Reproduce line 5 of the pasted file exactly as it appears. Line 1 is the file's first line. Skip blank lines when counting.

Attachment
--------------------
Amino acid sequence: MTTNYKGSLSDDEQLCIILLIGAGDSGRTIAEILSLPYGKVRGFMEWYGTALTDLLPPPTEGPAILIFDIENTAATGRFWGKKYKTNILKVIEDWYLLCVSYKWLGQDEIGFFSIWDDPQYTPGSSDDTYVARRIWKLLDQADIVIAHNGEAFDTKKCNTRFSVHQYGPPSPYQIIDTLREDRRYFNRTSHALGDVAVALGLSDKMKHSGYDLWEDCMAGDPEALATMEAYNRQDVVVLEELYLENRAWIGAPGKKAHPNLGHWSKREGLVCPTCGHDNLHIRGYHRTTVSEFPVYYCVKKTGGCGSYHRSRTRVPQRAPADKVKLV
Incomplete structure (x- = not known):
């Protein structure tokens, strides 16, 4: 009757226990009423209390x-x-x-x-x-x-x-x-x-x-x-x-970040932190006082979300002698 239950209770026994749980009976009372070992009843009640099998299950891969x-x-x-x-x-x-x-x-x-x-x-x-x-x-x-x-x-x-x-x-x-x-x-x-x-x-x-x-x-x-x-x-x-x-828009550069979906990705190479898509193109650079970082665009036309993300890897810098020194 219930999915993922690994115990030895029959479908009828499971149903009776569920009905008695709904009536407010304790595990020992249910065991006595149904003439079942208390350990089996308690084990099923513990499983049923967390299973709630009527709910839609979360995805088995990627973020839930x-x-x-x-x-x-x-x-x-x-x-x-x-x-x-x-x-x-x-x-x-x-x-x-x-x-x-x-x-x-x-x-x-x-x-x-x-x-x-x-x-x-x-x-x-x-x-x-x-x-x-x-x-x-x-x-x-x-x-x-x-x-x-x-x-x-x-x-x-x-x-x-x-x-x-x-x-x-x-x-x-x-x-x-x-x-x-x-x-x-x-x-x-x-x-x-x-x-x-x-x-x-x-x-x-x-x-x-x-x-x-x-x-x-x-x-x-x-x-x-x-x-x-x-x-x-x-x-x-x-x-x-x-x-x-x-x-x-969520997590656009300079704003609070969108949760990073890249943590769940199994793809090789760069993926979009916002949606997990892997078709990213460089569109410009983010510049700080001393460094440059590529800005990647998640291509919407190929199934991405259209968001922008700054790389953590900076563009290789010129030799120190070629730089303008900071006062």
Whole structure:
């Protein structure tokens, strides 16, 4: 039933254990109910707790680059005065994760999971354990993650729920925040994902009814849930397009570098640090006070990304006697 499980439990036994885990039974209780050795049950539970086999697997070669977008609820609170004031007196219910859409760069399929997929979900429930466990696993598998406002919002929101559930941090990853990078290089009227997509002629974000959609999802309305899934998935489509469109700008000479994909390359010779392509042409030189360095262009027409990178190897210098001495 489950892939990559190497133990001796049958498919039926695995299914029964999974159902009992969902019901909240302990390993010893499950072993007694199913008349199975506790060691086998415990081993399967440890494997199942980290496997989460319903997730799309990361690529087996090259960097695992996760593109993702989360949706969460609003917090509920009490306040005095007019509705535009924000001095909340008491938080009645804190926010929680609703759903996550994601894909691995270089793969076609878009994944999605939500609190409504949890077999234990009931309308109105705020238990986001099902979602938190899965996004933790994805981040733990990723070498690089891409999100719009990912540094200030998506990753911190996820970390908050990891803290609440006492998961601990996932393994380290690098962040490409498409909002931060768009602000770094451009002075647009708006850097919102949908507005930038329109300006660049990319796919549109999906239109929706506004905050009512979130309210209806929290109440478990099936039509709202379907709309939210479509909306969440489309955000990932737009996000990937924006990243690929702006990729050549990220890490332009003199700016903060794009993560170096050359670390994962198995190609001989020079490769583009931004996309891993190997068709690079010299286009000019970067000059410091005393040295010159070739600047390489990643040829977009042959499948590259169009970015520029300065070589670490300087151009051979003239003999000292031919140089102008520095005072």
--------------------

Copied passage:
């Protein structure tokens, strides 16, 4: 039933254990109910707790680059005065994760999971354990993650729920925040994902009814849930397009570098640090006070990304006697 499980439990036994885990039974209780050795049950539970086999697997070669977008609820609170004031007196219910859409760069399929997929979900429930466990696993598998406002919002929101559930941090990853990078290089009227997509002629974000959609999802309305899934998935489509469109700008000479994909390359010779392509042409030189360095262009027409990178190897210098001495 489950892939990559190497133990001796049958498919039926695995299914029964999974159902009992969902019901909240302990390993010893499950072993007694199913008349199975506790060691086998415990081993399967440890494997199942980290496997989460319903997730799309990361690529087996090259960097695992996760593109993702989360949706969460609003917090509920009490306040005095007019509705535009924000001095909340008491938080009645804190926010929680609703759903996550994601894909691995270089793969076609878009994944999605939500609190409504949890077999234990009931309308109105705020238990986001099902979602938190899965996004933790994805981040733990990723070498690089891409999100719009990912540094200030998506990753911190996820970390908050990891803290609440006492998961601990996932393994380290690098962040490409498409909002931060768009602000770094451009002075647009708006850097919102949908507005930038329109300006660049990319796919549109999906239109929706506004905050009512979130309210209806929290109440478990099936039509709202379907709309939210479509909306969440489309955000990932737009996000990937924006990243690929702006990729050549990220890490332009003199700016903060794009993560170096050359670390994962198995190609001989020079490769583009931004996309891993190997068709690079010299286009000019970067000059410091005393040295010159070739600047390489990643040829977009042959499948590259169009970015520029300065070589670490300087151009051979003239003999000292031919140089102008520095005072």